Boxing is a whisper sport. Few things about the game are obvious. Six years ago, rumors quietly reached Atif Oberton, who tried to sway a promising light heavyweight from Sharon Baker.
The pair trained for much of the career of Hall of Famer and all-time great Bernard Hopkins. What they knew was told to her.
Under Baker’s tutelage, Oberton, now 24, took a big step to a new level when he beat Russia’s Artem Brusov by eight decisions on Showtime’s national television. ShoBox: New Generation From the Wind Creek Events Center in Bethlehem on January 20th.
Over the years, many trainers have tried to lure undefeated southpaw Overton (8-0, 6 KOs) away from Baker. And that’s what you thought—she’s a rare female trainer in the men’s game.
Overton, who takes a very intelligent approach to a very brutal game, was not trying to be persuaded.
“I didn’t care if Sharon was the woman to train me, and I didn’t care who had to say what,” said Overton, who was promoted by Reading-based Marshall Kaufman. “It’s been a while since someone approached me about my training. But it happened once. They were like, ‘She’s a woman, I can’t help you.’ I was. A lot of people gave up on me.
“I had a trainer who quit. Doesn’t react to yelling or yelling I’ve been with Shar’ron for 6 years and have never had a shouting match.
“Sharon is a great teacher. We have a great relationship because we discuss things. She is committed to me. I am committed to her. She knows the sport. Like I said, I don’t really care what anyone else has to say.She’s my trainer.”
A graduate of Paul Robson High School, the 6-foot-3 Overton had an illustrious amateur career. He won several amateur national competitions, but when he lost the national competition at age 18, his original trainer, whom he didn’t want to name, left him and others were quickly approached.
He was drawn to Baker.
“I was taught well”
A candidate for the Pennsylvania Boxing Hall of Fame, 65-year-old Baker has been boxing for 47 years. She was with Overton when she won the National Golden Globe Award for the second time. He competed in a national competition and called Baker to let him know how he was doing and ask for advice.
A graduate of William Penn Girls’ High School, Baker knew she wanted to box when she was 18, but in 1976, the Pennsylvania State Athletic Commission wasn’t ready to sanction women’s boxing. The late Sam Hickman was her trainer, and after years of boxing at her gym, she grew frustrated with the ignorance and lack of opportunity of her time.
It was then that Hickman brought up the possibility of training fighter jets. Before his death, he began working exclusively with Richardson.
Fisher and Richardson were the type you would see climbing mountains in monk tunics.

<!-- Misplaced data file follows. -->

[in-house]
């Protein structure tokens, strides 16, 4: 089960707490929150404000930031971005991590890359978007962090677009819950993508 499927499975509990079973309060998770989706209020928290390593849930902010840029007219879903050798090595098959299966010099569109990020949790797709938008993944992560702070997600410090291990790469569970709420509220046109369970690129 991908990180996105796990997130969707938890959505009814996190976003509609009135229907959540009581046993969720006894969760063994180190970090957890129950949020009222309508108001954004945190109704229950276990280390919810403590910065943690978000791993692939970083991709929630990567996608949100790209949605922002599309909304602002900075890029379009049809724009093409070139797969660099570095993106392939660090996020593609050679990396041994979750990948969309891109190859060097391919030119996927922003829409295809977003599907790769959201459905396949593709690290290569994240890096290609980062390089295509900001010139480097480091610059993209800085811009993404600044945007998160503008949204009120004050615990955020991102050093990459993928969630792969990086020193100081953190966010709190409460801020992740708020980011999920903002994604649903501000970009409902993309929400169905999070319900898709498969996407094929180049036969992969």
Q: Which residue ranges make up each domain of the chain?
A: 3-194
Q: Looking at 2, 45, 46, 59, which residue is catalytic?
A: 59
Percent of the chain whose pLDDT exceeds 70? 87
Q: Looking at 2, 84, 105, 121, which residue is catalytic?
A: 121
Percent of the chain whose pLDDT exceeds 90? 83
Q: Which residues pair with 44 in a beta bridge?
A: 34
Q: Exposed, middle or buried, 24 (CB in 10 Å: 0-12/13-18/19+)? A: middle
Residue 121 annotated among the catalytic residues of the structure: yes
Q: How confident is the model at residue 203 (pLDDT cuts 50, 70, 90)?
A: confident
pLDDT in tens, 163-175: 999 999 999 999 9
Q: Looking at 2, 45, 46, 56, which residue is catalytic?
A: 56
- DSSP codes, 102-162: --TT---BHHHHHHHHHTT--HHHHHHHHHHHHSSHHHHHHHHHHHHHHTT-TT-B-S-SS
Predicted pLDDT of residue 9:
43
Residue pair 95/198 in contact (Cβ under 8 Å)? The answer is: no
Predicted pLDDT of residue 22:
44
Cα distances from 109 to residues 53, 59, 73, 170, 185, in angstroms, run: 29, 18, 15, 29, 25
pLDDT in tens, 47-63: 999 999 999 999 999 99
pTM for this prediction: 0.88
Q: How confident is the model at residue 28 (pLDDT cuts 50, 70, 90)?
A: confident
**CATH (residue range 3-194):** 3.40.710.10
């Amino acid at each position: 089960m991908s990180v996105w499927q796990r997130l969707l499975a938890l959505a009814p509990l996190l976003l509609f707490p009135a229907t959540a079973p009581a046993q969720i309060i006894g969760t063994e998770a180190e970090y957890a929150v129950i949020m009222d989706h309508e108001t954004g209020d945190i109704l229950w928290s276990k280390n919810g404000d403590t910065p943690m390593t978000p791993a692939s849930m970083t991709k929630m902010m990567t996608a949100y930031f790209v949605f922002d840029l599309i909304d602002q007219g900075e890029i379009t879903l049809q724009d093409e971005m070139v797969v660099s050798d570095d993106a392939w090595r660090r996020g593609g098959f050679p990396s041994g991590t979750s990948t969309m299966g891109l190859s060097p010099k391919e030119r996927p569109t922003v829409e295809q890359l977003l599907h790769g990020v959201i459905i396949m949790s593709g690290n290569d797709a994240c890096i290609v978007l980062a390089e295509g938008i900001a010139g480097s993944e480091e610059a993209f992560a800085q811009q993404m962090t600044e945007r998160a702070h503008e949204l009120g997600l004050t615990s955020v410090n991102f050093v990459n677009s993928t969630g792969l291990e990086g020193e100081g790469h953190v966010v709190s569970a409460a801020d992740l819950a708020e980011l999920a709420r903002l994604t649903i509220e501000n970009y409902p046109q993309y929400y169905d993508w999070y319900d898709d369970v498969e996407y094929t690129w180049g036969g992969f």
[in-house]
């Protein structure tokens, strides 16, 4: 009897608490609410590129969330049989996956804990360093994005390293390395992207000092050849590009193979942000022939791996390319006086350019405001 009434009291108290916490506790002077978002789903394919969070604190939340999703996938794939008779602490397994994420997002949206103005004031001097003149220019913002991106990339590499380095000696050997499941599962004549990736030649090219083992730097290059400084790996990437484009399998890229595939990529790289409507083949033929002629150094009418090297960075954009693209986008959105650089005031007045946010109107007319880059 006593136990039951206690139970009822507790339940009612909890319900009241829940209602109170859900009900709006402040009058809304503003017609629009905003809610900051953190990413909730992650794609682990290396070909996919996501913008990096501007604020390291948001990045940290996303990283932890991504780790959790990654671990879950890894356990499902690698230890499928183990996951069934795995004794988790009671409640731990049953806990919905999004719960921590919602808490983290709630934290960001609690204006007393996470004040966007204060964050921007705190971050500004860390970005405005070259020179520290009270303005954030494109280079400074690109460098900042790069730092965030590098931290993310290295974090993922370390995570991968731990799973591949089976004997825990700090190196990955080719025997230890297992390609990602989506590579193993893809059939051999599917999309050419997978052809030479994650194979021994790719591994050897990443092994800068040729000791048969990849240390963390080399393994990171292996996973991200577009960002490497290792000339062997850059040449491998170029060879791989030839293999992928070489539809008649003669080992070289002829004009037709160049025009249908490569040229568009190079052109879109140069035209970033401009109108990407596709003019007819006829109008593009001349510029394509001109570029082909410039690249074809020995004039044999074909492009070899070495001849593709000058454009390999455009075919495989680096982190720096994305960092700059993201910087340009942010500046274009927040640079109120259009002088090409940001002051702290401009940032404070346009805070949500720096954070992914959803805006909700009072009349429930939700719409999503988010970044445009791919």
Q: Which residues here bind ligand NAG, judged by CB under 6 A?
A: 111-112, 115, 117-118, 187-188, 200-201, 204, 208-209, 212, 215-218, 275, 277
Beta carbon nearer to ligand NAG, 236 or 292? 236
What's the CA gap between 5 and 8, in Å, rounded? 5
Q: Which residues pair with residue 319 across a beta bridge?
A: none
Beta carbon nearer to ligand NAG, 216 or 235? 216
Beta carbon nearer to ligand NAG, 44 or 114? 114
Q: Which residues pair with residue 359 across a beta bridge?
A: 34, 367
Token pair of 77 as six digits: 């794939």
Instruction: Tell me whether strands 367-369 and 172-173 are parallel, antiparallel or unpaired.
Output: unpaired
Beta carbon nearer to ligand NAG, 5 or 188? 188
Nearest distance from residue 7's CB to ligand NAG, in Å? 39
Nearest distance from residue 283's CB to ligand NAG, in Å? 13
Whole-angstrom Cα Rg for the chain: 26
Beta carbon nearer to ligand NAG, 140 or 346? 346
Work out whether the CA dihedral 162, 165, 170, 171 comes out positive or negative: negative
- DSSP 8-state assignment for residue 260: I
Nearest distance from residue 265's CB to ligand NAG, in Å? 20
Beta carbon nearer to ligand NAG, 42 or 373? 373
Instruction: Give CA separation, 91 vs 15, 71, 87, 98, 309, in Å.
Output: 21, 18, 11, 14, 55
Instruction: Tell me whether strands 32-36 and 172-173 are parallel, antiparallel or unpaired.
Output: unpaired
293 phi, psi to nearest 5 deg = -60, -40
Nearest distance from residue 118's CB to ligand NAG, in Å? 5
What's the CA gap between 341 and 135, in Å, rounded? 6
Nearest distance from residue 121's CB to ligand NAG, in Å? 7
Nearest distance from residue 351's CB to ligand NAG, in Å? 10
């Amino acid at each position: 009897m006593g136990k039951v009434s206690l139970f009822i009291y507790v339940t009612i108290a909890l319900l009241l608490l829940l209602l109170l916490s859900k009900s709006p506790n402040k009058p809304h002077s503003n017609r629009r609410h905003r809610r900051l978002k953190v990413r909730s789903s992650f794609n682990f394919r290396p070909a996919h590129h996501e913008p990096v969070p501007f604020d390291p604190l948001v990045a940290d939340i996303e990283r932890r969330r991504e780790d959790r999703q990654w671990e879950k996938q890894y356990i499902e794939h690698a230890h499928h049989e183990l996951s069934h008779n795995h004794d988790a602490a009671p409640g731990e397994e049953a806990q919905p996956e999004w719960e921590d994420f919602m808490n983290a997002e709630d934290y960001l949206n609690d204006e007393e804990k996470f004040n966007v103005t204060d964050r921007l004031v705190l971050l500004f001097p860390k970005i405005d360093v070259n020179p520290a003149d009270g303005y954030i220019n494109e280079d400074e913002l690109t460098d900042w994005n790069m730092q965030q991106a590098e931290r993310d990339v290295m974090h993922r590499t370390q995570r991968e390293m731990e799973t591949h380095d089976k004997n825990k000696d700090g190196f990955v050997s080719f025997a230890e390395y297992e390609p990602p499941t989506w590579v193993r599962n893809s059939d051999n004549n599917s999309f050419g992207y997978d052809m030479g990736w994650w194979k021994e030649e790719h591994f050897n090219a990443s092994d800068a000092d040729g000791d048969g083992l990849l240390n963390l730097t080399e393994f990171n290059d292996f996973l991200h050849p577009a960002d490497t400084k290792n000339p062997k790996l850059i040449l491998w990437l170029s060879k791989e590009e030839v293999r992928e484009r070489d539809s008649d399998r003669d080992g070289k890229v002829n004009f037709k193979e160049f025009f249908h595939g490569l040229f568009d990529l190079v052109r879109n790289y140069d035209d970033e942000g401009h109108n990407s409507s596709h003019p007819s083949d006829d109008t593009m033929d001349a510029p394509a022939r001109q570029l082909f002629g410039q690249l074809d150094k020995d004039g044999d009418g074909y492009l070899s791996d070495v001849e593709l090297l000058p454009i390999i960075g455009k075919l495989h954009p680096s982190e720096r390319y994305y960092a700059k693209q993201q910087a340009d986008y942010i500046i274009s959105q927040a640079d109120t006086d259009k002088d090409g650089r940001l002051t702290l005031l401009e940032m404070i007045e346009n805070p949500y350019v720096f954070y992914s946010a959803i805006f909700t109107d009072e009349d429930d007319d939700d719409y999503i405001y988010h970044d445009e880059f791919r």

she channels them.
“I was taught very well,” said Baker. “I can still hear the Najim brothers saying things like ‘swim dry’, ‘clever and sharp’, ‘take off the chain’, ‘stroke your nose’ and ‘wear a hat’. Atif reminds me of an old-school fighter in many ways: he studies not only his technique, but the veteran, talks about boxing, watches boxing, and does boxing.He doesn’t drink. He doesn’t smoke, he doesn’t do drugs, and you don’t have to worry about Atif Oberlton hanging out in the middle of some club on a Saturday night. And he’s also a sponge: once you say something to him, he’ll go out and do it.
When Oberlton isn’t demonstrating his tearing power in the ring, he’s a seasoned clothing designer who once feared Brother’s sewing machine.
“I’ve always liked looking good since high school,” he said. “I’ve always loved creating new and unique looks. As I got older, I started making my own clothes when my girlfriend gave me a seeder. It was there for years until I overcame my fear of it and started using it.
“After this fight, I’m going to buy a new sewing machine.”
Oberlton’s fight with 31-year-old Brusov (12-1, 11 KO) took Oberlton into new territory. He went into battle with a simple game and his plan.
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The victory marked the second consecutive win for the undefeated fighter Oberton. This win showed that Overton can win using overwhelming power, not just boxing. Oberton used his jab well against an experienced amateur opponent, but he got hit more than he expected.
“It was a tough fight and I think I showed my character,” Overton said. “This Russian was no slouch. It was a challenge and I’m glad I took that challenge. Basically, I learned how tough I am. Leading up to this fight , I faced a lot of adversity, my gym burned out, I had to change my training schedule and reorganize my entire routine. The toughest critic. I thought I could have done better with the jab.”
His coach isn’t worried. She knows he will get there.
“Atif is like a coach’s dream,” said Baker. “It makes your job as a coach so much easier when you have fighters who are willing to be taught, willing to work and willing to go the extra mile.”